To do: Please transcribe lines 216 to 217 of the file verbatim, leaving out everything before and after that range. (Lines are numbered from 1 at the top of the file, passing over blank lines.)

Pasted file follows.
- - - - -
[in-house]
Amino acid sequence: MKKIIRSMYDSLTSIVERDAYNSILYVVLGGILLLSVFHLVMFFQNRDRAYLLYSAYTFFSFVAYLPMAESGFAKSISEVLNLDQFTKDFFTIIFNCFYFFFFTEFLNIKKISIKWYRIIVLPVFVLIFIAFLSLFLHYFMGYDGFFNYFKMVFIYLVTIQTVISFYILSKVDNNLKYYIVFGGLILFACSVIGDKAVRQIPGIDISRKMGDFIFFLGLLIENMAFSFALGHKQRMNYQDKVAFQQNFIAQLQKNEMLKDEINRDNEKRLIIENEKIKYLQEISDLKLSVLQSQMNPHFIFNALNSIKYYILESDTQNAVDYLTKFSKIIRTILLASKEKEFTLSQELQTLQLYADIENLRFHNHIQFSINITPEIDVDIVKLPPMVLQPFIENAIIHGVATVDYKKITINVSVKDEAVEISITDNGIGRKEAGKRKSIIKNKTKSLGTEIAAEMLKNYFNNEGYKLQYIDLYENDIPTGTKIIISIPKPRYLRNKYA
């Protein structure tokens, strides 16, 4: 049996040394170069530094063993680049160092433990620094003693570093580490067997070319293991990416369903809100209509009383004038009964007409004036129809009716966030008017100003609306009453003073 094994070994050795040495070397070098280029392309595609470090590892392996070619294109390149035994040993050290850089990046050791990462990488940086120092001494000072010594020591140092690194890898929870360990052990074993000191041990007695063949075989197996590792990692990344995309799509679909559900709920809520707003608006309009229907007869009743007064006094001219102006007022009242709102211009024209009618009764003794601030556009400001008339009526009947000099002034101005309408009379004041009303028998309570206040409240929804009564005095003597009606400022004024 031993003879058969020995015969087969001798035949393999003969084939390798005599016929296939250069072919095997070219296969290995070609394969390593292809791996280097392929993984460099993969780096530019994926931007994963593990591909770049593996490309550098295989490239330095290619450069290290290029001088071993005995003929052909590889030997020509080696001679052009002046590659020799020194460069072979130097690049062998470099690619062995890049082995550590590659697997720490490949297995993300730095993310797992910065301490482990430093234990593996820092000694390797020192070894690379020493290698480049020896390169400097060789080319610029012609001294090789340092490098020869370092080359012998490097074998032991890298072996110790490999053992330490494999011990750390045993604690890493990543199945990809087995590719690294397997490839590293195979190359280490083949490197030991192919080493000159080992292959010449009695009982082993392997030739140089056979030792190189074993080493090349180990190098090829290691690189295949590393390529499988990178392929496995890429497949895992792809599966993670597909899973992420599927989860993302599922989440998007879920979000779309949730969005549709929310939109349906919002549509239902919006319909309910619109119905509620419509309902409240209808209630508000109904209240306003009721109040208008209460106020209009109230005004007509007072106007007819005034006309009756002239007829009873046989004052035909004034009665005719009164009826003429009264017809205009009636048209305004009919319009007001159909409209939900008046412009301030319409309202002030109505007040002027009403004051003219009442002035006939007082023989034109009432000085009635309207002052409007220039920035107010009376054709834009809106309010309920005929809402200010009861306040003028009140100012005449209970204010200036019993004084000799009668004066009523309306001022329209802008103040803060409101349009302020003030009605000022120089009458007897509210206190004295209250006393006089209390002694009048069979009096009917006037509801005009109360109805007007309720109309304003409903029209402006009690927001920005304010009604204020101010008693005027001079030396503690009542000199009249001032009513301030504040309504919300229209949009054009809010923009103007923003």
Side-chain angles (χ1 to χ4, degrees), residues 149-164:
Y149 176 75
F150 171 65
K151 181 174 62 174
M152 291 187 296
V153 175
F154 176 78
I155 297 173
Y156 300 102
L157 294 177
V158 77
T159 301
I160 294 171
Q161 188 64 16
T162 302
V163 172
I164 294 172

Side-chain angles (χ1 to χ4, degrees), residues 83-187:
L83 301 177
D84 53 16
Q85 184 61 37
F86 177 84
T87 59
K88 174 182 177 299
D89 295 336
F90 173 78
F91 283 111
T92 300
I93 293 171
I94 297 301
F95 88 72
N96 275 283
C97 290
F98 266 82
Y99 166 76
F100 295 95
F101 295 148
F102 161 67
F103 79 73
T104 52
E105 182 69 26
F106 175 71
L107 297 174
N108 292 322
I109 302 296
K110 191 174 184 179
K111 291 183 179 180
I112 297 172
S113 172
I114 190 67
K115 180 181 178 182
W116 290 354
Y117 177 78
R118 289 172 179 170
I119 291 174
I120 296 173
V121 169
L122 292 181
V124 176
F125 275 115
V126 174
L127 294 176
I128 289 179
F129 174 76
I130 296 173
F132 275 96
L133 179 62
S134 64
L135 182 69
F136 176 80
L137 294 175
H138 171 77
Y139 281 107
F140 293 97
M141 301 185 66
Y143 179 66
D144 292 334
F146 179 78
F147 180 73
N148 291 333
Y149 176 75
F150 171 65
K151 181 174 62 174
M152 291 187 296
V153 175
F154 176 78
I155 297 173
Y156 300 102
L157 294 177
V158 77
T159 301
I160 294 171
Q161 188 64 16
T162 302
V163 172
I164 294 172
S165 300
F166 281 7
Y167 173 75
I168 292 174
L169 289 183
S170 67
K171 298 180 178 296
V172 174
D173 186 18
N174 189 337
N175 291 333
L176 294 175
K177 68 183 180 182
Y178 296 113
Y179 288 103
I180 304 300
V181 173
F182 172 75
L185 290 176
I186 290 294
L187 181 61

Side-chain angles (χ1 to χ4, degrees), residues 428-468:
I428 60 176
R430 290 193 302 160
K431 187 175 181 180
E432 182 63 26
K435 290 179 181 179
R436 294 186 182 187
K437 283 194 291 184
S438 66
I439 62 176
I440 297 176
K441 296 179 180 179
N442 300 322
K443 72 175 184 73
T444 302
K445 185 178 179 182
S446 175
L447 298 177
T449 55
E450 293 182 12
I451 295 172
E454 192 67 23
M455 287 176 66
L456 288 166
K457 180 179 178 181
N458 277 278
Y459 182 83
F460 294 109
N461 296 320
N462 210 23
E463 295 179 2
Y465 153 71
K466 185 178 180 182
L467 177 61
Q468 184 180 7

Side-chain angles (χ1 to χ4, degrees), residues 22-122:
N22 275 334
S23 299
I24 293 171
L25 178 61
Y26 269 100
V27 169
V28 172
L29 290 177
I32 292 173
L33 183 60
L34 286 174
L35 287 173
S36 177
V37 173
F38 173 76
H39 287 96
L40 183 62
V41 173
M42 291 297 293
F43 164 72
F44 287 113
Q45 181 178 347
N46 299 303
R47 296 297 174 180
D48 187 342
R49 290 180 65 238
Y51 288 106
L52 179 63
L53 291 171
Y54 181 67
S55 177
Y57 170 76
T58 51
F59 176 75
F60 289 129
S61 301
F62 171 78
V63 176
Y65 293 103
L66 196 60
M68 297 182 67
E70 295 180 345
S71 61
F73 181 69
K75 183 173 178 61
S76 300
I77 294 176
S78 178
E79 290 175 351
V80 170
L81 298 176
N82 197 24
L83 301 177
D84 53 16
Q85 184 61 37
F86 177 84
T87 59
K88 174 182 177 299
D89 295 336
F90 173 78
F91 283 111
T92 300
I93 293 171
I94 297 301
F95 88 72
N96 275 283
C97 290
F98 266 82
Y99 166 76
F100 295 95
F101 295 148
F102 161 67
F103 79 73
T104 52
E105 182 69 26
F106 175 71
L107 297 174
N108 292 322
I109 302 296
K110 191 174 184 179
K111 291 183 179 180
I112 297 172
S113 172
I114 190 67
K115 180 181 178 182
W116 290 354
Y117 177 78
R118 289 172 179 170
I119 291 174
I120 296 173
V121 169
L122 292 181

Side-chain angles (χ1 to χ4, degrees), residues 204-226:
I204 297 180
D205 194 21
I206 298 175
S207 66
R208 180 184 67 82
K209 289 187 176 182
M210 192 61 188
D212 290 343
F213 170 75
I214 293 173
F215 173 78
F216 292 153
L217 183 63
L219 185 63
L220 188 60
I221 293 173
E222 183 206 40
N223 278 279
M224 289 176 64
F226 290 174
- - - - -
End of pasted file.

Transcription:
F90 173 78
F91 283 111